Texas A&M center the latest football star from Charleston’s Matthews family tree

Texas A&M's Mike Matthews speaks to the media at the Southeastern Conference NCAA college football media days, Tuesday, July 14, 2015, in Hoover, Ala. (AP Photo/Butch Dill)

HOOVER, Ala. – Texas A&M senior center Mike Matthews plays in the rugged SEC, but most days the league isn’t much rougher than family football squabbles back home in the Houston suburb of Missouri City.

Both of Matthews’ older brothers, Kevin and Jake, are former Texas A&M offensive linemen who went on to the NFL. Younger brother Luke is a 6-3, 290-pound high school sophomore tackle.

Backyard games often got “too intense,” Matthews said Tuesday at SEC Media Days.

“The biggest bully is the one that’s next oldest to you,” he said with a smile. “I was a bully to my younger brother Luke, Jake was a bully to me and Kevin was a bully to Jake. It’s just kind of down the line.”

The football fun started with Mount Pleasant resident Clay Matthews Sr., a former Charleston High School and Georgia Tech football player who played for the NFL’s San Francisco 49ers in the 1950s before starting a business career. Two of Clay Sr.’s sons, Bruce and Clay, had long NFL careers.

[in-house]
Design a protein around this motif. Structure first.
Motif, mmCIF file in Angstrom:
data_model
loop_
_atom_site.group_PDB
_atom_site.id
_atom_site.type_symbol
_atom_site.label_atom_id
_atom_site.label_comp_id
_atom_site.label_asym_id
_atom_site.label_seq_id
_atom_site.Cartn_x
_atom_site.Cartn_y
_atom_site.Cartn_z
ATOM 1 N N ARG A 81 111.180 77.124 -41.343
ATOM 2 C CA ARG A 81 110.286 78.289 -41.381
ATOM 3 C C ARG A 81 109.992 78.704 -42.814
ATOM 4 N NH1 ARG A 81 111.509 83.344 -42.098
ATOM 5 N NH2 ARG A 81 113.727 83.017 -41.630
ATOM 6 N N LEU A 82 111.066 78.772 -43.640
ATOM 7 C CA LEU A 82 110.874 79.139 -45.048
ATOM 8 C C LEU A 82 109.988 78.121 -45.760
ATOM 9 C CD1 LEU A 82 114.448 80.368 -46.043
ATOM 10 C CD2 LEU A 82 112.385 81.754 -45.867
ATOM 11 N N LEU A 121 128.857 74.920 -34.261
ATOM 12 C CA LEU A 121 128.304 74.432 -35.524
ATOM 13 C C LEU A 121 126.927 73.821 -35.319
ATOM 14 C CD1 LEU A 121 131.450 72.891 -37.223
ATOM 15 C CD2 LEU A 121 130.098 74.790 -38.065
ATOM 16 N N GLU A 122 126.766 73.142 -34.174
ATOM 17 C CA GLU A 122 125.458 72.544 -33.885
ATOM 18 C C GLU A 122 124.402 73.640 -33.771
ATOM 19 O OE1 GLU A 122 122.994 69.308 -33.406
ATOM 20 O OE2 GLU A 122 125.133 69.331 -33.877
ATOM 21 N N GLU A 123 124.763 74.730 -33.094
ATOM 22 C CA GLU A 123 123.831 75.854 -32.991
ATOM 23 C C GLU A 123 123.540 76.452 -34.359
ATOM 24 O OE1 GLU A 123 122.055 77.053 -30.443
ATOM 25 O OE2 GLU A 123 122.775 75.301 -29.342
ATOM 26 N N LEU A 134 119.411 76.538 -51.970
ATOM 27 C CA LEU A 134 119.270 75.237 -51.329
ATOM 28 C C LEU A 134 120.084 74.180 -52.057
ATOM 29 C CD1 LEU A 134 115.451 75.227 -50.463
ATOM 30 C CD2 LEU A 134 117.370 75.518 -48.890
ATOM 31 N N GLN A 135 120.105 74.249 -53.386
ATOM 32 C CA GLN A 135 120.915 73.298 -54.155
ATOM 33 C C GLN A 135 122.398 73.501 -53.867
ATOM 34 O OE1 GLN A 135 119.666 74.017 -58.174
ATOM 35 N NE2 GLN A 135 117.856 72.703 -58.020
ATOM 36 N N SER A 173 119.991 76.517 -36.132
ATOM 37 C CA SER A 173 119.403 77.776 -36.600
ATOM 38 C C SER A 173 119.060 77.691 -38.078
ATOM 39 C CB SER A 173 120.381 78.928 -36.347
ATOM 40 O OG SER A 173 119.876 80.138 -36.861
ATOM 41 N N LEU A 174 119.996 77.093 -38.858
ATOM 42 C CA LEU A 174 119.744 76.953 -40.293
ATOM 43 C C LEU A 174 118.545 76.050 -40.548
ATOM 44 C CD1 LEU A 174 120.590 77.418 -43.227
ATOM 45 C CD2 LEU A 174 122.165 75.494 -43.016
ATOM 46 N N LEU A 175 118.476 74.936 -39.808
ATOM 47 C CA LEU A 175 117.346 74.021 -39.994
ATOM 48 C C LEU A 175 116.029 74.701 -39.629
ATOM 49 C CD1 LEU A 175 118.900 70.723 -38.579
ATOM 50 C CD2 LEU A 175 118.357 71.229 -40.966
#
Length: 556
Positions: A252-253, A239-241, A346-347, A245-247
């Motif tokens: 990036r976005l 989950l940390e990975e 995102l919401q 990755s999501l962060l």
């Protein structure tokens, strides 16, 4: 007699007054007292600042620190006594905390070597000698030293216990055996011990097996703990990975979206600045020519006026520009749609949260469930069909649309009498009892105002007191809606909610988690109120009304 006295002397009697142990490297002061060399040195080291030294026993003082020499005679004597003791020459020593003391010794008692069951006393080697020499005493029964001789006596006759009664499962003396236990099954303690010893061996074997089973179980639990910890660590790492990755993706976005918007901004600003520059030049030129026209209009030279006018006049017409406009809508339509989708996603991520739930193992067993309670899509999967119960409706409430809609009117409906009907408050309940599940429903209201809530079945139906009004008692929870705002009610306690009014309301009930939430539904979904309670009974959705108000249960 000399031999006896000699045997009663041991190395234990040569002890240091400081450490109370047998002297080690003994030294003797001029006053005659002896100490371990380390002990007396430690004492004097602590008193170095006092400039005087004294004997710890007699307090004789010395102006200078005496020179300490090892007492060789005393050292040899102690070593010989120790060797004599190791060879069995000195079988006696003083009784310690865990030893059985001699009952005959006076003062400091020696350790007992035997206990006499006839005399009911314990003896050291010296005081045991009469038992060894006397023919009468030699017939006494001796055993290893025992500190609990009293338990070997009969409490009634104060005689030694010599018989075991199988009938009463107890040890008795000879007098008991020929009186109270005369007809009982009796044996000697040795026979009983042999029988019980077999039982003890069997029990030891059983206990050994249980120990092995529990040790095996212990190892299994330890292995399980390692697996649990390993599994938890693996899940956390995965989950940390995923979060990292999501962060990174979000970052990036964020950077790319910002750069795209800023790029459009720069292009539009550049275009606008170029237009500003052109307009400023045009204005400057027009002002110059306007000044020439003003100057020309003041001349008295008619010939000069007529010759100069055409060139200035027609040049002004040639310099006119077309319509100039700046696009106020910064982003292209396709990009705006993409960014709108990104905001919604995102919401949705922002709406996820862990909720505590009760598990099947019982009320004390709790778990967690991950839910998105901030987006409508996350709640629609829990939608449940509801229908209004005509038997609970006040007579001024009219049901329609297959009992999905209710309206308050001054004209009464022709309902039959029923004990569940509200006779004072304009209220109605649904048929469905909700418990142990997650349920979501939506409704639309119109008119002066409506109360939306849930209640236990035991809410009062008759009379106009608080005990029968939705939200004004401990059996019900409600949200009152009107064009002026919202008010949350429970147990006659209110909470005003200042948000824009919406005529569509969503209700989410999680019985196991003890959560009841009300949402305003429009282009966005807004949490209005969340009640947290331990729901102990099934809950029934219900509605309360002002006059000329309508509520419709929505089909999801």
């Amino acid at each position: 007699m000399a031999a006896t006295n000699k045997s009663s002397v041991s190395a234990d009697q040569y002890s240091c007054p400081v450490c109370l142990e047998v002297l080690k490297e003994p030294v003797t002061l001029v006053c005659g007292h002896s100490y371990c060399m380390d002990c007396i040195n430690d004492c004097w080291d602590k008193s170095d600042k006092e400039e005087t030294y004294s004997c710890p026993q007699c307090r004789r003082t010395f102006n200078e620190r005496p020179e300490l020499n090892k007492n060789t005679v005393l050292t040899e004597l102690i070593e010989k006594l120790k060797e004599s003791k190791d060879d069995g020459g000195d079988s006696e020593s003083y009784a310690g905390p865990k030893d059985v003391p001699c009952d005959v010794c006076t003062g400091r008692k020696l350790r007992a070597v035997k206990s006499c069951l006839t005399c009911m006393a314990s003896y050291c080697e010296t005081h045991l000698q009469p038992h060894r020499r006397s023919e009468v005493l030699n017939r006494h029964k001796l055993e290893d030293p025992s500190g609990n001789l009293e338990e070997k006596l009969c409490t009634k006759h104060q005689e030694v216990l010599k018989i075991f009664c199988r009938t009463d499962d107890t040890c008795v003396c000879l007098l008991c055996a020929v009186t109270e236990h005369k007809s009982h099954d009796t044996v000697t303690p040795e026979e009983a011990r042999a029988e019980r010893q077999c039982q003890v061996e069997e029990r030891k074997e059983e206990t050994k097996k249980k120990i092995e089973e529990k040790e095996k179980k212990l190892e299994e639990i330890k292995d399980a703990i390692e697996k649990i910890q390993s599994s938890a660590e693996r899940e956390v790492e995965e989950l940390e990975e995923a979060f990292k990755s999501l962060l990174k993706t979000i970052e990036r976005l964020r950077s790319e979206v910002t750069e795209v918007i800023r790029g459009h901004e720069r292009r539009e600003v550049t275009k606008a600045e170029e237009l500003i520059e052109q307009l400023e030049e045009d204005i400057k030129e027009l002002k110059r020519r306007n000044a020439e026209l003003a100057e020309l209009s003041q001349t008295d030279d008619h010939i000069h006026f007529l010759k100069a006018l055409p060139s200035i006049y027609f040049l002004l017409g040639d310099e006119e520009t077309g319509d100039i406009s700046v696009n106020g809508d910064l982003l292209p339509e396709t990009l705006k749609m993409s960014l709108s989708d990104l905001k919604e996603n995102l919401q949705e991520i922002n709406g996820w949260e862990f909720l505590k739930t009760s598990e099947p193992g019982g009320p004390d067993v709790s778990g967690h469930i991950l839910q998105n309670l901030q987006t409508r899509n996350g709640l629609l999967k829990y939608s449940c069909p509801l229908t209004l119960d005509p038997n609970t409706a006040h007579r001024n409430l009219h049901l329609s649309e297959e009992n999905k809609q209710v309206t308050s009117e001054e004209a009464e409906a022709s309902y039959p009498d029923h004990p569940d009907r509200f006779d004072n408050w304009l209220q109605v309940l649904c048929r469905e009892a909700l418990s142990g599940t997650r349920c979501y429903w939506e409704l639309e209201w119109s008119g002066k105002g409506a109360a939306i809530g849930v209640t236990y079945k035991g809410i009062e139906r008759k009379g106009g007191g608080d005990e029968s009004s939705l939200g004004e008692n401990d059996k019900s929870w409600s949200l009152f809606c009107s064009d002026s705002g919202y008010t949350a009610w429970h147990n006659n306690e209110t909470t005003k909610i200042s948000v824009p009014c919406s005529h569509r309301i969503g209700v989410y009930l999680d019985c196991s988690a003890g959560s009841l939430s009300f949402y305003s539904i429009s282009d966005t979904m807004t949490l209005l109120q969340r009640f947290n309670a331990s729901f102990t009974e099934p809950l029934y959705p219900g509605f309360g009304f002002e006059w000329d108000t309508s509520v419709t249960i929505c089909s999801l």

Bruce Matthews, a Pro Football Hall of Fame offensive lineman, fathered the Matthews boys of Missouri City.

Clay Jr. was a star linebacker, most notably for the Cleveland Browns. His family includes sons Clay Matthews III, a Green Bay Packers Pro Bowl linebacker, and Casey Matthews, a Minnesota Vikings linebacker.

Mike Matthews knows all about his grandfather, and that his great-grandfather, Matty Matthews, was a boxing coach at The Citadel.

“That’s pretty cool,” said Mike Matthews, 6-2, 290. “My dad has told me stories about that. My grandpa lives in South Carolina so I don’t get to see him as much as I’d like to but it’s fun to hear stories about my grandfather and his father.”

Matthews has made 23 career starts for Texas A&M and is scheduled to graduate in December. He is on the watch list for the Rimington Award, an honor that goes to college football’s best center.

Being part of the first family of football has its benefits.

“It’s something that’s very useful to me,” Mike Matthews said. “I’ll have practice and then come home and call my dad and tell him what happened and he’ll coach me up and tell me what I need to know. I’ll do the same thing with my brothers.”

Follow Gene Sapakoff on Twitter @sapakoff